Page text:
Enjoying Your Holidays

Do holiday family gatherings bring joy or difficult memories and painful feelings?

I came across a helpful article by fellow SelfGrowth.com author Laurie McAnaugh; here are some excerpts from it to help you overcome the negativity and enjoy your holiday experience. Use the links in the footnotes to read her full article(This is one of the classic holiday “help” articles– a good reminder for each of us each Christmas/New Year’s season.)

Ms. McAnaugh discusses that if holidays are emotionally draining to you rather than a time to enjoy remembrances of all you have to be thankful for, you may need to ask yourself the following questions:

-Why do I behave that way when I’m around certain members of my family?

-I don’t always like who I am when I am around that person.

-What is it about that person that they constantly say things that hurt my feelings?

-What is it about me that I allow that person to get under my skin?

If the holidays cause you to have the above thoughts, Ms. McAnaugh encourages you to ponder these questions:

-How would it feel to spend the holidays with each of your family members and still feel good about yourself, during and after the experience?

-How would it feel to imagine a solid bubble around yourself that protects you from any insult or negative words?

-How would it feel to believe so strongly in your positive contribution to the world that you simply have no need to react at all to anything anyone says or thinks about you?


This is a great quote from Laurie on having true power during your holiday interactions:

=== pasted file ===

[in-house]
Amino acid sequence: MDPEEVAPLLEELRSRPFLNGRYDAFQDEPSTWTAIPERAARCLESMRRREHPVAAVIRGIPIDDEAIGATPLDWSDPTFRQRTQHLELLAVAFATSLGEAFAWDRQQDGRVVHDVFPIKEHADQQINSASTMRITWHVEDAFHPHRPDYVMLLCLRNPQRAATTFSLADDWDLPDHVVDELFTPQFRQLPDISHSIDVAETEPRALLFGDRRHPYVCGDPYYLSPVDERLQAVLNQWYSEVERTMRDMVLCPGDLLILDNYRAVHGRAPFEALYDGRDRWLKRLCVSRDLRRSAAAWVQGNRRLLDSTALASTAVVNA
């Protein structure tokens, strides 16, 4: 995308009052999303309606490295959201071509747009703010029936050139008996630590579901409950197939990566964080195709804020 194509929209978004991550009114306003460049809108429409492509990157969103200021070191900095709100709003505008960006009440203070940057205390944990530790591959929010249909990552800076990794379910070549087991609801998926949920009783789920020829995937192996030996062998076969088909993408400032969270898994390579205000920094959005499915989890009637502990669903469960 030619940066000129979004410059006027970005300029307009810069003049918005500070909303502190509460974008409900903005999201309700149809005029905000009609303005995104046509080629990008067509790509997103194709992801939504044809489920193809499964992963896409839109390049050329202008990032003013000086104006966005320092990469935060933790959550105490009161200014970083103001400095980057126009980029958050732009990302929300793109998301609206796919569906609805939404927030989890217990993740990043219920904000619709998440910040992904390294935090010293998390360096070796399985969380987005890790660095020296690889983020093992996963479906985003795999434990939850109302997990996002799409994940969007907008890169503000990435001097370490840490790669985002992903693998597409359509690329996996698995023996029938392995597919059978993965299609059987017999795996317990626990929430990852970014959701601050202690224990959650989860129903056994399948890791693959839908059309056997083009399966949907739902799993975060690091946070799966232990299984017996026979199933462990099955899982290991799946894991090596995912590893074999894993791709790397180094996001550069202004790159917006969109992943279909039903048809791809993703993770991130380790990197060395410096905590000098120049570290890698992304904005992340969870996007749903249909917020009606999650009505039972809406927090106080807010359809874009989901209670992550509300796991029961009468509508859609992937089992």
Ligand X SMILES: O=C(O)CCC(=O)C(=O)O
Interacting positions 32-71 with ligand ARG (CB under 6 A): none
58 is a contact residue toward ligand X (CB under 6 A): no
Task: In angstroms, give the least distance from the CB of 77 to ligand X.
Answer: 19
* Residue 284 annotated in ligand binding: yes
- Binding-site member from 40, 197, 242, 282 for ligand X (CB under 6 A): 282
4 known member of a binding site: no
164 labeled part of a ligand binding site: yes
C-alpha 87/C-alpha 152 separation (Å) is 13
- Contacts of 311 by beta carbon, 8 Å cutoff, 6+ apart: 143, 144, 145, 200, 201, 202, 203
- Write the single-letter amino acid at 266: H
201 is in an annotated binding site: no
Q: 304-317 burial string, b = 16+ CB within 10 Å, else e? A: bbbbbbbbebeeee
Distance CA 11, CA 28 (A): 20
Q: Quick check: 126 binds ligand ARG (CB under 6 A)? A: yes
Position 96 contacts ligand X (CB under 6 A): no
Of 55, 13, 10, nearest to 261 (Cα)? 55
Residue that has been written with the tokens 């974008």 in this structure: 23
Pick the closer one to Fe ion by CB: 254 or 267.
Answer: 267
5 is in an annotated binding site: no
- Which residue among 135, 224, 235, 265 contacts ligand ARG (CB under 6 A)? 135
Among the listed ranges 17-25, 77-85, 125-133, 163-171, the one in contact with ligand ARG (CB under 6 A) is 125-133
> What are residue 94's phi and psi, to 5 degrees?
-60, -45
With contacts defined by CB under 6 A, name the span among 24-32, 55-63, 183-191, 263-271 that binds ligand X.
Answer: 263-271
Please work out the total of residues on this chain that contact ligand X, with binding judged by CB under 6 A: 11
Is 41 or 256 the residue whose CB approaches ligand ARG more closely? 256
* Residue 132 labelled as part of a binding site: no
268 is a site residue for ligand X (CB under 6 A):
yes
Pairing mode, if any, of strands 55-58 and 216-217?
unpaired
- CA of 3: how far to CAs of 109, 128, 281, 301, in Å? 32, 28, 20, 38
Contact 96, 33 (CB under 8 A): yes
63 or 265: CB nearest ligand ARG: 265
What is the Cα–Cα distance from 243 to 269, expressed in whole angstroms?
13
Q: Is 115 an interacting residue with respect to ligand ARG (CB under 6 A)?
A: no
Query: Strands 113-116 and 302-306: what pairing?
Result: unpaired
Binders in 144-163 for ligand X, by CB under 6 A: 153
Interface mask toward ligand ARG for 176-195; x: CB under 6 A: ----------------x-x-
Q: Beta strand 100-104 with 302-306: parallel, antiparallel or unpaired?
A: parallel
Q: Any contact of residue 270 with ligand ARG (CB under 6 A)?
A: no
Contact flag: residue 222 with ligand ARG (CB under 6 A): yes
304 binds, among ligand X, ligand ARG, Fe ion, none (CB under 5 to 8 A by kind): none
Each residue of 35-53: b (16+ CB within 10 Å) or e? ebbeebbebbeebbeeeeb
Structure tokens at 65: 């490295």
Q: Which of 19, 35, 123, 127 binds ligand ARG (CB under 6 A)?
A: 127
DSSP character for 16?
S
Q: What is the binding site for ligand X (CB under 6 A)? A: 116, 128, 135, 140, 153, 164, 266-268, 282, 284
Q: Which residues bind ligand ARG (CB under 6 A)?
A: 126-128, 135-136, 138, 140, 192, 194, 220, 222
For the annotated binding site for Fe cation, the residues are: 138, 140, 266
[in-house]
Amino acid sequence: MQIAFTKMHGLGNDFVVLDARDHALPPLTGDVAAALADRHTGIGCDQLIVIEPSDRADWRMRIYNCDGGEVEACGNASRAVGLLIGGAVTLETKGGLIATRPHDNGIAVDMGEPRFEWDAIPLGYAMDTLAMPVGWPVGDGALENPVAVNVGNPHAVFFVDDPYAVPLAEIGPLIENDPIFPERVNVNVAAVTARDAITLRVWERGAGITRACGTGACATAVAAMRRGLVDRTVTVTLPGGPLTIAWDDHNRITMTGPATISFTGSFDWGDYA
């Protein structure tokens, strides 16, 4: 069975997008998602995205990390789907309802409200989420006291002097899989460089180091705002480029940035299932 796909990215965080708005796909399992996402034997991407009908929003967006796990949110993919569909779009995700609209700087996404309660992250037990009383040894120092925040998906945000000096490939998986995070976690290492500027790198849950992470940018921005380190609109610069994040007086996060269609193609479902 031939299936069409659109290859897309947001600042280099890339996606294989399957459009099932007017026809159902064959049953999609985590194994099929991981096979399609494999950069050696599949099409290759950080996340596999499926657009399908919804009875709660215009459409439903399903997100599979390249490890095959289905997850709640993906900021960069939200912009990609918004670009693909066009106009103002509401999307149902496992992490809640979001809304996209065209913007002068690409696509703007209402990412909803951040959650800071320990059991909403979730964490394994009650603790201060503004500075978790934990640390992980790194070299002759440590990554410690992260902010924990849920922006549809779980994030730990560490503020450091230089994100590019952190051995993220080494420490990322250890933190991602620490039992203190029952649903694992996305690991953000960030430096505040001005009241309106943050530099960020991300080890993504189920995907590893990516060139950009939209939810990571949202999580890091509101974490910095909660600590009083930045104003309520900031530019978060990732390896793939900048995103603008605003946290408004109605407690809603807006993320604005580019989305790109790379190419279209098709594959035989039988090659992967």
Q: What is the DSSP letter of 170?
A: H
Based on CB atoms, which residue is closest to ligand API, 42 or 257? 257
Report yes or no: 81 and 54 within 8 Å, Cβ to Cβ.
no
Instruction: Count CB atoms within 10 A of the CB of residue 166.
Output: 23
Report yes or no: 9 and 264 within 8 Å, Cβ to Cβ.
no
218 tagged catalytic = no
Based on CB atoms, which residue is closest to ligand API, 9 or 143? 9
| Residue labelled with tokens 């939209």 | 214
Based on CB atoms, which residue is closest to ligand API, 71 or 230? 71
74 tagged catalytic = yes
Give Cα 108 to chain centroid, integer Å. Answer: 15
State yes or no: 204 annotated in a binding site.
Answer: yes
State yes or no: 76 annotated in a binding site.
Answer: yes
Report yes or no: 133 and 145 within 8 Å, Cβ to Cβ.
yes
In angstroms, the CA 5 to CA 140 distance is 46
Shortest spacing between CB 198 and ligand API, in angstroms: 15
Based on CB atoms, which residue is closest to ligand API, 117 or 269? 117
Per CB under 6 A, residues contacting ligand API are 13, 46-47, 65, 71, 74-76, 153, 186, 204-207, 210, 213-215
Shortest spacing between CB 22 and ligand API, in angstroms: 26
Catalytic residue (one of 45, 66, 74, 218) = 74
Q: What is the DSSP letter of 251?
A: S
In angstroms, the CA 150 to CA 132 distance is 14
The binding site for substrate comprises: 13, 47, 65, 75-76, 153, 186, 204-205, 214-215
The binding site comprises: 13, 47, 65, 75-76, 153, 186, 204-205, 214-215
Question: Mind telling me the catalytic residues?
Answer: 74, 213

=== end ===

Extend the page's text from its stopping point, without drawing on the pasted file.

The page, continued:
When we focus our energy on someone else’s choices…we let them affect us in ways that cause us frustration, guilt and defensiveness. If we could consider that this person is doing the best they can with the tools they have…and their choices are a reflection on them…it would remind us that how we react to others is a choice that only we can make. As much as we want to believe that controlling the actions of others would make our lives easier, in fact it’s really the other way around. Being in control of our own actions and most of all, reactions, is a characteristic of true power.

Rather than focusing on the words and actions of others, Ms. McAnaugh admonishes us to focus on what we can control—our own behavior and being who we want to be.

It should be noted, when interacting with others, it’s always necessary to take responsibility for our own behavior. Learning to step away from a situation to ask ourselves, “Is this who I want to be?…Am I acting out of guilt, jealousy or an unnecessary need to be understood by others?” When we step away to observe our own actions, it is…a time to own it, fix it and then move on. There’s nothing more powerful then saying, “That behavior and way of thinking is not in line with who I want to be. I know I can do better.”

Laurie concludes her article with the well stated point that when we decide that our own positive opinion of ourselves is the most important one, we are less affected by others’ opinions and can simply ignore others’ negativity.

Click Here to Read Laurie’s Full Article: Learning to Enjoy The Holidays No Matter Where You Are 
Laurie McAnaugh is the founder of Access Your Power and achieves her mission through teaching workshops, consulting privately with clients and presenting to groups nationwide.  Her website is http://www.choosetobepowerful.com

<b>Print This</b> Print This
Tags: , , , , , , , , ,

Leave a Reply


For your reading pleasure, comment moderation is in use. Please submit your comment only once -- it will appear shortly.

Web Informer Button